2017 Strenna

WE ARE FAMILY! Every home, a school of life and love

View the Strenna HERE.

The Strenna is an annual motto that is intended to guide us in our dealings with the young, in every aspect of our work for the year. This year the Salesian Strenna is about Family; explaining not only what family is but how its members live together in love. The task before us is to ensure that we find practical ways to make certain that all the boys in our care, experience the love of family. In many ways we, at Salesian Chadstone, already live the family spirit which is the Salesian Family, but the Strenna ensures that we review what we do and develop new ways of being family to our boys and each other.

The focus on family is certainly not a new one for the Salesians, as we know that being Salesian means being family. After all, our founder Don Bosco, along with his mother, opened a home, an Oratory for his boys so that they could experience the loving embrace of family. This Strenna is meant to focus our attention on families in the most diverse situations in which we find ourselves. The subject has been suggested by the Church, as it too senses the need for ever greater and more appropriate pastoral care for families.

All of us have a strong personal experience having been born in a family. We are born as family, with all its beauty and limits – a family that is the very concrete human reality where the art of life and love is learned. The family, we know well, is made of people – who love, speak, share and sacrifice themselves for other members of the family. We become a person living in a family, growing, usually with parents, and breathing the warmth of the home. It is in the family, in the home, that we are given a name and therefore an identity and a dignity; that we experience affection, that we cherish intimacy; that we learn to ask permission, ask forgiveness and give thanks. In the family we experience affection for the first time and enjoy the sense of ‘feeling at home’.

The family, all families throughout the world (while being different) are the first school for children, the group indispensable for giving the young a sense of belonging.

Sadly, however, we are also well aware that not all babies who are born have the good fortune of experiencing this.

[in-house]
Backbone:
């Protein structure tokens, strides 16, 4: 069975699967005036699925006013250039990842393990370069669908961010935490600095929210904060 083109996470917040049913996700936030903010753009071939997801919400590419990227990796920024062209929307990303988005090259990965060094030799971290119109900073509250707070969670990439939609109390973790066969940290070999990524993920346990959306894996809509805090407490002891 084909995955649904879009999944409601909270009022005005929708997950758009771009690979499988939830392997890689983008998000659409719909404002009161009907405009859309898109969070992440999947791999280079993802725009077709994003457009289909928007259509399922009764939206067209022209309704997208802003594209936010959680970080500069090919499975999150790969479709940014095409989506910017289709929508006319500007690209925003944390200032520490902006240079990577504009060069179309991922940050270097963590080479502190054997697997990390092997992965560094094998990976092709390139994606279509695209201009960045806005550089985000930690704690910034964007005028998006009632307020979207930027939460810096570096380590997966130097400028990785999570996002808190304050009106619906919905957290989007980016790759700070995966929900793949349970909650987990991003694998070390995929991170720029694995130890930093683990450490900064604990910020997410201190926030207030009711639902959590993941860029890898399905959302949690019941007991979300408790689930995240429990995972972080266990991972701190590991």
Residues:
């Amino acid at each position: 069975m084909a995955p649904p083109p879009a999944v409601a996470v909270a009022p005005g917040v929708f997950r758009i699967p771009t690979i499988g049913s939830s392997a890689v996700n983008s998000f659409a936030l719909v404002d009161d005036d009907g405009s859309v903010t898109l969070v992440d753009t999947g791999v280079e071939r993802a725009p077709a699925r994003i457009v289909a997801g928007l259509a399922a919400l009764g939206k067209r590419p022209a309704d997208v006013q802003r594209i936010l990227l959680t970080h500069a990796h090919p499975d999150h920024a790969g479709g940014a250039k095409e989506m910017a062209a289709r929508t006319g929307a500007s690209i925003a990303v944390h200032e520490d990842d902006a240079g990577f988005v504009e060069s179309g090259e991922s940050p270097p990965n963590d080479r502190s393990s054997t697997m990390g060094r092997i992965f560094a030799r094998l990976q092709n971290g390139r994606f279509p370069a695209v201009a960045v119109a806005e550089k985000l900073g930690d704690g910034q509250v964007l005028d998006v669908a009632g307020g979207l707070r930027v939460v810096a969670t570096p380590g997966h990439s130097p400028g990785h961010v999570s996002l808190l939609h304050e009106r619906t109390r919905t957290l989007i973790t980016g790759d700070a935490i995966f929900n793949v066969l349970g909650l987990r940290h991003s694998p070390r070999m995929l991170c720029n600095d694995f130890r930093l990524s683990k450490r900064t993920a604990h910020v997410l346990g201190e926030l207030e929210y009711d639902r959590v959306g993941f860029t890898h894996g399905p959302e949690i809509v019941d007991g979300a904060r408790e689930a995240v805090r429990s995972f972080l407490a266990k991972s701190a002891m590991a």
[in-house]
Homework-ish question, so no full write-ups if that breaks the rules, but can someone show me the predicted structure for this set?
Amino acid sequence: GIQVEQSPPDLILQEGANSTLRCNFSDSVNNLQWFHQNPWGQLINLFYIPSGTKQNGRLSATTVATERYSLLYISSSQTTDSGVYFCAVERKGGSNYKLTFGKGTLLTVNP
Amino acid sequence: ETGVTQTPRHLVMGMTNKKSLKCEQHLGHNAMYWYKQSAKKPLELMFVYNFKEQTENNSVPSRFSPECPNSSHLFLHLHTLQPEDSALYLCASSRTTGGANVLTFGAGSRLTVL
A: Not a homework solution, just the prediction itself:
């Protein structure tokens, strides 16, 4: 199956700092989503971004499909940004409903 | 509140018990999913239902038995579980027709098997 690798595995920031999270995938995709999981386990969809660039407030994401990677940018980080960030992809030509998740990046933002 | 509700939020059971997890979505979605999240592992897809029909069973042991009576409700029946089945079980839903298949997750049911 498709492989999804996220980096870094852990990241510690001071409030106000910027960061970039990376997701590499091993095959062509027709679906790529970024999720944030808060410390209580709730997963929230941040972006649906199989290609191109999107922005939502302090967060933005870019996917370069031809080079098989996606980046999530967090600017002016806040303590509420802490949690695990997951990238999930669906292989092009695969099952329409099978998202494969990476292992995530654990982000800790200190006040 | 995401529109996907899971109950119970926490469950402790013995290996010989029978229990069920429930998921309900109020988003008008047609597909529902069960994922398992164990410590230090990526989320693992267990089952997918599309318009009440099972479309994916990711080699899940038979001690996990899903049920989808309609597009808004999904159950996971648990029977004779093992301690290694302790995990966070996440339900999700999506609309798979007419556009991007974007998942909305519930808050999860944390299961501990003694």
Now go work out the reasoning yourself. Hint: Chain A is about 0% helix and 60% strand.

The Salesian family, in all its diversity, is the family spirit and the family atmosphere, the very element of our being, of our identity. As part of this Salesian family, we have all this to share with the young people in our care.

It is based on Pope Francis’ Exhortation which speaks of the Joy of Love, love in the family and a deeply centred pastoral focus. It is a document that touches life, gives a word of encouragement to many people who need it. It emphases the positive and humanising aspects of love.

In the face of family realities in which complex and difficult situations are often lived, we ask ourselves whether we can do something in favour of these families, starting from our reality as educators and pastoral carers of the young: We can

  • Exercise empathy in the face of the suffering caused by such situations.
  • Help to build up relationships, to treat or heal the wounds; and in some situations we can help to overcome fears.
  • Assist families to see that there can also be much good and generosity in their lives
  • Teach that everyone is entitled to forgiveness and all are enabled to forgive
  • Instil that limitations provide every member of the family an opportunity to become enriched by the love that is being offered and to make others rich with their own gift, aware that gratitude is the starting point for buildng the family.
  • Promote communication with each other, within families and with our God